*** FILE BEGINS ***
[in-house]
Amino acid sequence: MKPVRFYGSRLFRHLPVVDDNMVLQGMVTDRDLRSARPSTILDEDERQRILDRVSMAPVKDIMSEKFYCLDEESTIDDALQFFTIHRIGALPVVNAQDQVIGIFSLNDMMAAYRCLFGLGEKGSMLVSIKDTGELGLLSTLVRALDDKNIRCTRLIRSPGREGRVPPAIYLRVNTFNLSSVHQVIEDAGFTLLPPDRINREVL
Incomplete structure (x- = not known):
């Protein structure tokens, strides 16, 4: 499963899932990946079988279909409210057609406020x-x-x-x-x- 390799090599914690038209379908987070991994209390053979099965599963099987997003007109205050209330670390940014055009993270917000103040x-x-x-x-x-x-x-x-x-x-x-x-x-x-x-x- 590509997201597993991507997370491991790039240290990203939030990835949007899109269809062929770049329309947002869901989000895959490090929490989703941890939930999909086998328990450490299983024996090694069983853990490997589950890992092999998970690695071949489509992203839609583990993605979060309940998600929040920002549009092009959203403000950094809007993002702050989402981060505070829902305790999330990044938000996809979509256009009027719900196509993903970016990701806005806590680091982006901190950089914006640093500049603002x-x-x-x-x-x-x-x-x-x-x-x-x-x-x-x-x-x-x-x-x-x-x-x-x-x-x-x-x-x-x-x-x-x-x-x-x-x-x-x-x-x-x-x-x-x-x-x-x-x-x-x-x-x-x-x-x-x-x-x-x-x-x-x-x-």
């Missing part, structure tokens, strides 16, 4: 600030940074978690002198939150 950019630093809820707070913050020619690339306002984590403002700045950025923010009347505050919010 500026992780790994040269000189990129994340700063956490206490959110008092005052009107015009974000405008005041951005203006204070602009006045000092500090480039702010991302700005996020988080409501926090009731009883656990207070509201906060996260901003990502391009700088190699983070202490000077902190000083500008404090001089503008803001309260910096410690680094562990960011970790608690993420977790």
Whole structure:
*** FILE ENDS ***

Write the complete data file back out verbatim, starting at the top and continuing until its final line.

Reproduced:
[in-house]
Amino acid sequence: MKPVRFYGSRLFRHLPVVDDNMVLQGMVTDRDLRSARPSTILDEDERQRILDRVSMAPVKDIMSEKFYCLDEESTIDDALQFFTIHRIGALPVVNAQDQVIGIFSLNDMMAAYRCLFGLGEKGSMLVSIKDTGELGLLSTLVRALDDKNIRCTRLIRSPGREGRVPPAIYLRVNTFNLSSVHQVIEDAGFTLLPPDRINREVL
Incomplete structure (x- = not known):
């Protein structure tokens, strides 16, 4: 499963899932990946079988279909409210057609406020x-x-x-x-x- 390799090599914690038209379908987070991994209390053979099965599963099987997003007109205050209330670390940014055009993270917000103040x-x-x-x-x-x-x-x-x-x-x-x-x-x-x-x- 590509997201597993991507997370491991790039240290990203939030990835949007899109269809062929770049329309947002869901989000895959490090929490989703941890939930999909086998328990450490299983024996090694069983853990490997589950890992092999998970690695071949489509992203839609583990993605979060309940998600929040920002549009092009959203403000950094809007993002702050989402981060505070829902305790999330990044938000996809979509256009009027719900196509993903970016990701806005806590680091982006901190950089914006640093500049603002x-x-x-x-x-x-x-x-x-x-x-x-x-x-x-x-x-x-x-x-x-x-x-x-x-x-x-x-x-x-x-x-x-x-x-x-x-x-x-x-x-x-x-x-x-x-x-x-x-x-x-x-x-x-x-x-x-x-x-x-x-x-x-x-x-």
């Missing part, structure tokens, strides 16, 4: 600030940074978690002198939150 950019630093809820707070913050020619690339306002984590403002700045950025923010009347505050919010 500026992780790994040269000189990129994340700063956490206490959110008092005052009107015009974000405008005041951005203006204070602009006045000092500090480039702010991302700005996020988080409501926090009731009883656990207070509201906060996260901003990502391009700088190699983070202490000077902190000083500008404090001089503008803001309260910096410690680094562990960011970790608690993420977790």
Whole structure: